Omar said “In the SNVM we believe that there is still a room for peaceful struggle and creativity amid all this chaos. Many people thought that the non-violence came to an end and this is a small step to show them that it is still there and they are using it or working with it on daily basis. So mainly it was to motivate people and the other aim is to document all these activities so interested people can have access to it easily.”

Omar and the SNVM plan to keep updating the map every fortnight. It is an excellent work in progress – regime apologists or indeed anybody that justifies human rights abuses, hate this sort of thing which makes the experience of navigating this map so much sweeter.

So check it out, especially those who think those opposed to the regime’s crimes against humanity are medieval barbarians only looking to munch your heart out.

PS for the techy minded, Omar says “the diagram is based on the Force-Directed Graph algorithm which automatically place nodes depending on their relations. Some of the tools used to generate the diagram are: Gephi, Sigma,InteractiveVis project by JISC and Oxford institute of technology. I did some coding using HTML and Javascript. The add/modify form is based on Form+ powered by Google Apps Script”


via Amnesty International UK.

Malian army expels French journalist from Gao

9 May

A French freelance reporter has said she was expelled from the city of Gao after reporting on allegations of human rights abuses in a nearby town, according to news reports.

Dorothée Thiénot, who contributes to various French news outlets, published an article on the French daily L’Express on January 20, 2013, that cited claims by anonymous local residents that Malian army soldiers were killing real or perceived Islamist insurgents and their accomplices in Sévaré, a frontline town in the conflict between the government and militants linked to Al-Qaeda.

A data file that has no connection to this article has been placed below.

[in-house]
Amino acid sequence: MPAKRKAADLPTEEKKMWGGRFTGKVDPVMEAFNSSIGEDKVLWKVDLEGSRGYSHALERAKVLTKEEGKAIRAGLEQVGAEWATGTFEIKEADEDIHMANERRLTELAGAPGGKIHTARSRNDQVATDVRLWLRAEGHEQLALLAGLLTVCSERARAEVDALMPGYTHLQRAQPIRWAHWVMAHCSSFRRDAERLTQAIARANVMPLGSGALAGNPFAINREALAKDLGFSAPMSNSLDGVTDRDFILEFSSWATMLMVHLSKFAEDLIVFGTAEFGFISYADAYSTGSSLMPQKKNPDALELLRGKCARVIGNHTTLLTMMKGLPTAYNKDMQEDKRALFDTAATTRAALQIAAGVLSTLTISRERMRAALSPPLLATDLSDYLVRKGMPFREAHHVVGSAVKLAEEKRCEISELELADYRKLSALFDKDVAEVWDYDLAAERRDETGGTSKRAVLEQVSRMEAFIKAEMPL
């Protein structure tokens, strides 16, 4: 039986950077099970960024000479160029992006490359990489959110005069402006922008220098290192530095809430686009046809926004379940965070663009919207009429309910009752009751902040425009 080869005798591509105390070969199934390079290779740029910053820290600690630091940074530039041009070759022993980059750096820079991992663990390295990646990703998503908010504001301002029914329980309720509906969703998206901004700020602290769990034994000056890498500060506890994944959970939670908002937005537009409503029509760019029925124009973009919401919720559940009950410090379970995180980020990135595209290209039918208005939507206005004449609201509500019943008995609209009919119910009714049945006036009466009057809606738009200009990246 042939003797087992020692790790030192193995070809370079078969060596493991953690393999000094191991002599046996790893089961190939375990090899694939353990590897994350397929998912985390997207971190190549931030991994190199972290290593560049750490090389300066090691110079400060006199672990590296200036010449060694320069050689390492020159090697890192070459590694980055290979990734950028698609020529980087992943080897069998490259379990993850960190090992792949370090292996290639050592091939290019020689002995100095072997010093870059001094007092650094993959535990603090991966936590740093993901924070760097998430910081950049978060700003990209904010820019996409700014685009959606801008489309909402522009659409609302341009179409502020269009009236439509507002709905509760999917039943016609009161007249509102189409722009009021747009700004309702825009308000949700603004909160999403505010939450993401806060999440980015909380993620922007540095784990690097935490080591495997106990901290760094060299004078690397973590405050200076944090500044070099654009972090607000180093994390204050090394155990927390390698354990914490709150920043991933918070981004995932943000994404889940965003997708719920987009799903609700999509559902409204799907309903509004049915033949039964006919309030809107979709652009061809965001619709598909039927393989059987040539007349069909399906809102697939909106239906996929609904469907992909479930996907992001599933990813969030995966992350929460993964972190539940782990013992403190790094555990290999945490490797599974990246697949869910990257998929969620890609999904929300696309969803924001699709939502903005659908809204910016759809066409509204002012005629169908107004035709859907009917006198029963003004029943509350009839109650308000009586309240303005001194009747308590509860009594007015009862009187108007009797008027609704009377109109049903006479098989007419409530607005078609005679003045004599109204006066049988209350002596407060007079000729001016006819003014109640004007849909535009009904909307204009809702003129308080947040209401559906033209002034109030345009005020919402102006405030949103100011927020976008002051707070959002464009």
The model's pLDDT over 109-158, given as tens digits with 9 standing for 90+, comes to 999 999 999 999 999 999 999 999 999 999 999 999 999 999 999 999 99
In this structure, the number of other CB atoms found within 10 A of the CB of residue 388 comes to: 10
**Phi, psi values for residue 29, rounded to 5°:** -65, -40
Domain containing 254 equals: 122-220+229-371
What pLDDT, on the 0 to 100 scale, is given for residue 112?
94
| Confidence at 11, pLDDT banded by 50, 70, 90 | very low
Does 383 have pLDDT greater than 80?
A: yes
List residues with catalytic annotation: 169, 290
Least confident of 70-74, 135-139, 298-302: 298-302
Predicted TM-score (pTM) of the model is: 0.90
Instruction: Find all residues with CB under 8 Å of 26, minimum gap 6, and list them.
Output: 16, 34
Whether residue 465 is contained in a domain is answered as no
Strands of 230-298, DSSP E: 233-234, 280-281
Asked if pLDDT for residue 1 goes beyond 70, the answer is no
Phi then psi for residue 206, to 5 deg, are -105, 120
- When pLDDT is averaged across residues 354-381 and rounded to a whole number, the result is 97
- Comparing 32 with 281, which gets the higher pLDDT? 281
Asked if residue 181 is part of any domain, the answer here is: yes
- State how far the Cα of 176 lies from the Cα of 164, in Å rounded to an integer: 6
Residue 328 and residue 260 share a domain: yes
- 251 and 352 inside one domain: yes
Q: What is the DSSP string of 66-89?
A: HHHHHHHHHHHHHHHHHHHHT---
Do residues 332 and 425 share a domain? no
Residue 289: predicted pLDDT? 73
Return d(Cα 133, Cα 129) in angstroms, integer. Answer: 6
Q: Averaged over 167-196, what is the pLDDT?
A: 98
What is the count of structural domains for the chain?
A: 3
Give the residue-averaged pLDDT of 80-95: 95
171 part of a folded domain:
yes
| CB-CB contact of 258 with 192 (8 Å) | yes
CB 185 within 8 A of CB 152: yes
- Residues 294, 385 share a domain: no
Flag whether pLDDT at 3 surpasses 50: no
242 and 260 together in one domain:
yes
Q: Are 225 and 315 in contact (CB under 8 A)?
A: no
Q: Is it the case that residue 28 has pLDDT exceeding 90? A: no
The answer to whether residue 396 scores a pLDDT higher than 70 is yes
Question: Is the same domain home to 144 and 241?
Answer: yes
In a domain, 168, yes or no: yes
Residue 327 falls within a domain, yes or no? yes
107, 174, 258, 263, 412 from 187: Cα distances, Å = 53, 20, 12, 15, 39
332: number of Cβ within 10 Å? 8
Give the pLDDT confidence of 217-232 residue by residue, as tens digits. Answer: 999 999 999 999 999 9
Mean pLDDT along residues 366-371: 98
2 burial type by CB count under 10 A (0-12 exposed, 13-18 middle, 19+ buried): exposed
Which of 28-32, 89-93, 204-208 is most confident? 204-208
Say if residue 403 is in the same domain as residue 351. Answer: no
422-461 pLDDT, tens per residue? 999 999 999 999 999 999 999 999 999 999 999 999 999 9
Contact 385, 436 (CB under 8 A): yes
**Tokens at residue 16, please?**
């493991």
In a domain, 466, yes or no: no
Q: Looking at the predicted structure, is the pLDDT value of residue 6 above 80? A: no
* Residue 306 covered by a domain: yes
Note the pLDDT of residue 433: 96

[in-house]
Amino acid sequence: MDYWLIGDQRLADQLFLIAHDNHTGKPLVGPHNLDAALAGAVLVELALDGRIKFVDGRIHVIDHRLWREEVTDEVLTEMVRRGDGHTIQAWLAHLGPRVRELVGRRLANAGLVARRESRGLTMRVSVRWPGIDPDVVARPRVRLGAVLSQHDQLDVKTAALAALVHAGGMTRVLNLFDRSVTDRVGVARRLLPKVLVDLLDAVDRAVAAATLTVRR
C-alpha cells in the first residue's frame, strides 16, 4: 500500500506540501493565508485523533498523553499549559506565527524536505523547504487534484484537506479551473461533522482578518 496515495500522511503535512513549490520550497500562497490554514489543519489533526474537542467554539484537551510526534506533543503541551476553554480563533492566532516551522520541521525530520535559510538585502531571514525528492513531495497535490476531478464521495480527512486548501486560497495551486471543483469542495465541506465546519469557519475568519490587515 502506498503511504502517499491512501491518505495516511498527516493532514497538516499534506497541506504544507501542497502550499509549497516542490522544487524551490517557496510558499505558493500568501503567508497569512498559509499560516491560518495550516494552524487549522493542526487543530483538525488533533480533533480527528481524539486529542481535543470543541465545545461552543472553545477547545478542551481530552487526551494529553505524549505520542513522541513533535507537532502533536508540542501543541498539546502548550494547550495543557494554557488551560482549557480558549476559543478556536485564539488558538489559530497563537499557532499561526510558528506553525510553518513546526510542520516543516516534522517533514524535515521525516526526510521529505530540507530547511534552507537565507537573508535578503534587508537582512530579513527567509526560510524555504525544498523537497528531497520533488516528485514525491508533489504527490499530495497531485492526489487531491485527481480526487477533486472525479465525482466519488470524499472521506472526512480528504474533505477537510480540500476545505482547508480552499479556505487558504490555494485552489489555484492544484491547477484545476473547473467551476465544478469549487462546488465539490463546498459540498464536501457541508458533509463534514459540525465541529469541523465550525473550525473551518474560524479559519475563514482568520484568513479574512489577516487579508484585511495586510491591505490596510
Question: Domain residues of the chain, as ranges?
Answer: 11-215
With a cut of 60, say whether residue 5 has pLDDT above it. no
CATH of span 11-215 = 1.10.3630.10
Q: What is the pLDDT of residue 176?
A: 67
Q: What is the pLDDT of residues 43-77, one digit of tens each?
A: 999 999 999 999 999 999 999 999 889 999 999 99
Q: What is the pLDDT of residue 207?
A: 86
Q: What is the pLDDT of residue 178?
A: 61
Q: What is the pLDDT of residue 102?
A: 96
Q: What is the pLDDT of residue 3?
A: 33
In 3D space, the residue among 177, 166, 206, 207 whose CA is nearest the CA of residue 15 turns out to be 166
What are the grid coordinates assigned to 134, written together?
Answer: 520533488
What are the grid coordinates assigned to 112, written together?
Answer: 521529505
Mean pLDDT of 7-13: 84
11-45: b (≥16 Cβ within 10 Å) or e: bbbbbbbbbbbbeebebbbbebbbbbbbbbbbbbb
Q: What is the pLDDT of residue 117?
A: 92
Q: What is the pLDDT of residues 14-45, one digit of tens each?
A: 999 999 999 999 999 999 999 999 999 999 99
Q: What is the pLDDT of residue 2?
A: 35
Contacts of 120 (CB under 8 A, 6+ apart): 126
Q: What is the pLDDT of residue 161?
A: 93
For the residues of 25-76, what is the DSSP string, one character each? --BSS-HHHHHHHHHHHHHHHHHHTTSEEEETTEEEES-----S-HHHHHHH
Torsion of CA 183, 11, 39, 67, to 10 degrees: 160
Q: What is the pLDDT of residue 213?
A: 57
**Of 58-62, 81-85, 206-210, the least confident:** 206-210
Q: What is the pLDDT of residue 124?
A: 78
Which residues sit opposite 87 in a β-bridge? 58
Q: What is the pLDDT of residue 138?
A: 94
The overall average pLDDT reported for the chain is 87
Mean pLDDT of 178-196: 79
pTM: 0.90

The article quoted a Malian army officer as denying any knowledge of the allegations.

Thiénot told CPJ in an email that she became the target of intimidation once local army officers became aware of the story. She said two days after an officer publicly threatened to expel her from the country, two soldiers entered her house in Gao and escorted her out of the city without allowing her to collect her belongings from the house. She said she was forced to return to Bamako, the capital.

In an interview with the Associated Press, Lt. Col. Nema Sagara, a senior officer with the Mlian army, accused Thiénot of attempting to “ruin the image of the Malian army” with her reporting.

L’Express issued a press statement condemning Thiénot’s expulsion.

from Committee to Protect Journalists

Controlling Information in the Internet Age

2 May

CIMA announces the release of its most recent report, The New  Gatekeepers: Controlling Information in the Internet Age, by veteran journalist and  media development trainer Bill Ristow. The  report traces how the technological revolution of the past few decades has created a new corporate world of Internet-based companies that have become the new gatekeepers of information.